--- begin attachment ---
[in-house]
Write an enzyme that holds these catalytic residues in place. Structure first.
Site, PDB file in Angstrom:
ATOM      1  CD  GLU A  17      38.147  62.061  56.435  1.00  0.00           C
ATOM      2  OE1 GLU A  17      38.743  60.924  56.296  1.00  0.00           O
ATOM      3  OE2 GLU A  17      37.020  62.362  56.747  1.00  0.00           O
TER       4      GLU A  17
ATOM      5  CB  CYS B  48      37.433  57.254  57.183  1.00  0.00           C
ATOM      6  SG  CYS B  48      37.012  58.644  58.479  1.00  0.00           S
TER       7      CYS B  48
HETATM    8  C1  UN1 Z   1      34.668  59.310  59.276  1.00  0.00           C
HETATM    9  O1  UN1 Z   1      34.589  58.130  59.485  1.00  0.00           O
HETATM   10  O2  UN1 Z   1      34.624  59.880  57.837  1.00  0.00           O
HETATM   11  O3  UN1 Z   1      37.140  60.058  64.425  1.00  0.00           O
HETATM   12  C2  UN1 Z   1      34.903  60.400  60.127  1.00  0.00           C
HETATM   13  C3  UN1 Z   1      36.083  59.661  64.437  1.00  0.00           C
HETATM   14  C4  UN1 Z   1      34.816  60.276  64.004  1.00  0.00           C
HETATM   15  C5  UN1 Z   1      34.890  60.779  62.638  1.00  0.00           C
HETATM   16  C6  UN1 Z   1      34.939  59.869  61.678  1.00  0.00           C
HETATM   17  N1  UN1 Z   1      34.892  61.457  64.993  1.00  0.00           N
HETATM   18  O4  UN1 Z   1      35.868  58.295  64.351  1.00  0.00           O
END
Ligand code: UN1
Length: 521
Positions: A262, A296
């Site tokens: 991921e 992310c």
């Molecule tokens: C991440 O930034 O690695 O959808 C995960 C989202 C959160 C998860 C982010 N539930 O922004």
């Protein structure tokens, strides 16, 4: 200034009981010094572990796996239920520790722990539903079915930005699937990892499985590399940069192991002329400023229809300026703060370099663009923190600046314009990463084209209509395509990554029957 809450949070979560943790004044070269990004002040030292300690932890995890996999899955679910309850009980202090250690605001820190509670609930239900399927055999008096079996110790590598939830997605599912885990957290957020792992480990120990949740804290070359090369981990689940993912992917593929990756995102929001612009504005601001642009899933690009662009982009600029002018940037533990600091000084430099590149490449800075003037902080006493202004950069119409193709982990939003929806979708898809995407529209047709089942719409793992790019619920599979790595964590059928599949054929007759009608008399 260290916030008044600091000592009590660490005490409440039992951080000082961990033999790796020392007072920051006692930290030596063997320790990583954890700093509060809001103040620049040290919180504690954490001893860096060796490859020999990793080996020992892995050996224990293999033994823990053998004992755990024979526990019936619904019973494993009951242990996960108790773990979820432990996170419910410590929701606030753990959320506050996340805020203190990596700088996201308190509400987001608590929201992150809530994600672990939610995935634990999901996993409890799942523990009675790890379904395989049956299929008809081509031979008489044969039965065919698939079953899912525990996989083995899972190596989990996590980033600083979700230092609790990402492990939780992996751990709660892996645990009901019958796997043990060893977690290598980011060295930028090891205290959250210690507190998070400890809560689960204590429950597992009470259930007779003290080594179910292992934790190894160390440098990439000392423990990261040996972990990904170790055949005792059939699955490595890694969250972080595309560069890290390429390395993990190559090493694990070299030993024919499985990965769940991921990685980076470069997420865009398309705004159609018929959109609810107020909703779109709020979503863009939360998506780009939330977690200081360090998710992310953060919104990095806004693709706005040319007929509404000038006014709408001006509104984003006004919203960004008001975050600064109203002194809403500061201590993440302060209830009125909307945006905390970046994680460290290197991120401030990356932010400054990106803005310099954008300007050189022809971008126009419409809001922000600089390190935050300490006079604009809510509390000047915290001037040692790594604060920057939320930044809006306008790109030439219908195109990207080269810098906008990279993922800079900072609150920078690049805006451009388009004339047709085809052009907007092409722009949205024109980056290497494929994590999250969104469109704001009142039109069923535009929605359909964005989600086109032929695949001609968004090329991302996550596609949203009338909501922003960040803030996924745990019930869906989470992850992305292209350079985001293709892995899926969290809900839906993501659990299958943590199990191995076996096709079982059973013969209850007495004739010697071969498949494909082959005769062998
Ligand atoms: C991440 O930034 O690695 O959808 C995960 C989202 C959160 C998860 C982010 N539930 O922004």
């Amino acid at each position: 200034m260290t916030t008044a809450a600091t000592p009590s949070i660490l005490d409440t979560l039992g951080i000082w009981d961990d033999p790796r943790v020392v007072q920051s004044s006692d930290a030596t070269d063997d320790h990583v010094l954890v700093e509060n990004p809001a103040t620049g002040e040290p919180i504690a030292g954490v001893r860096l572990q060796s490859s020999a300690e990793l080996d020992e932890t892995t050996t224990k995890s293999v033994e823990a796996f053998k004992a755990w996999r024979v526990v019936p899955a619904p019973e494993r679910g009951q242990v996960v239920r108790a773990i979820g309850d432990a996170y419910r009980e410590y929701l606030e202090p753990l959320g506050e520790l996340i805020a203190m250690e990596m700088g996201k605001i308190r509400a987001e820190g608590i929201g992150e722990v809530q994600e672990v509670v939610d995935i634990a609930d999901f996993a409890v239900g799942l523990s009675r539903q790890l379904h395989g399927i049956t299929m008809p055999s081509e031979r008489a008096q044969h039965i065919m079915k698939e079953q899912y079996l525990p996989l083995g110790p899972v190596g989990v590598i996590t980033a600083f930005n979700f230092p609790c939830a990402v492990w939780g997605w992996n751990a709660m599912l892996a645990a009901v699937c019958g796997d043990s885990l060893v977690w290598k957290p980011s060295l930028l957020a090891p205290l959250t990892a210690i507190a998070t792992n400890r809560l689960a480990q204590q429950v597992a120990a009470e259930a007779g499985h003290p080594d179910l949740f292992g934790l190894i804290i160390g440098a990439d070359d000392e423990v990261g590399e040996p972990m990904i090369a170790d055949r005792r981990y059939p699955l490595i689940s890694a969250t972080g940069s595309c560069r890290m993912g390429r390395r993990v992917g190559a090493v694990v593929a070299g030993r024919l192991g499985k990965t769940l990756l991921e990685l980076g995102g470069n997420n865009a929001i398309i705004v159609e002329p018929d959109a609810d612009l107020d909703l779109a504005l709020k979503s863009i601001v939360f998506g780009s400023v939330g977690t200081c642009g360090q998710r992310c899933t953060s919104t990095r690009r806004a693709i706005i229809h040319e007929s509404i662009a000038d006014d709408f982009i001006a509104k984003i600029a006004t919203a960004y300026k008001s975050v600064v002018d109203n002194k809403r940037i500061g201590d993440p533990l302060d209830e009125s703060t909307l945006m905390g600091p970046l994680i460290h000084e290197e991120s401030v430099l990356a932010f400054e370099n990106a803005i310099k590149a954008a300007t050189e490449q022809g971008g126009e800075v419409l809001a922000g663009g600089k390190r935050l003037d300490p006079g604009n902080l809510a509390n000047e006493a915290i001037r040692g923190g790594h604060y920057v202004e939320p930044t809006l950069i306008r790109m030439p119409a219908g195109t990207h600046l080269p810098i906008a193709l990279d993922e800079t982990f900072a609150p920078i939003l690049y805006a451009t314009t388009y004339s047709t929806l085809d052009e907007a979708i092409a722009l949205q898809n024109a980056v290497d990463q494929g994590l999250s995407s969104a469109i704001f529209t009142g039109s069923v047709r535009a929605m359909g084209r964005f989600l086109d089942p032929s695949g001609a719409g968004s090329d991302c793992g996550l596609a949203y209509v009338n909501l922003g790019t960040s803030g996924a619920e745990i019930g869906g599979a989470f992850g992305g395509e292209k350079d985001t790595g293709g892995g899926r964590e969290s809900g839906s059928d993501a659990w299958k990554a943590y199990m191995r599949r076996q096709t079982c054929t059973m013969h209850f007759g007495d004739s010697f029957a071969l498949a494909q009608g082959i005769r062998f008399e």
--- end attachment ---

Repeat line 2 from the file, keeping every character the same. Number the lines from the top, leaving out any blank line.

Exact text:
Write an enzyme that holds these catalytic residues in place. Structure first.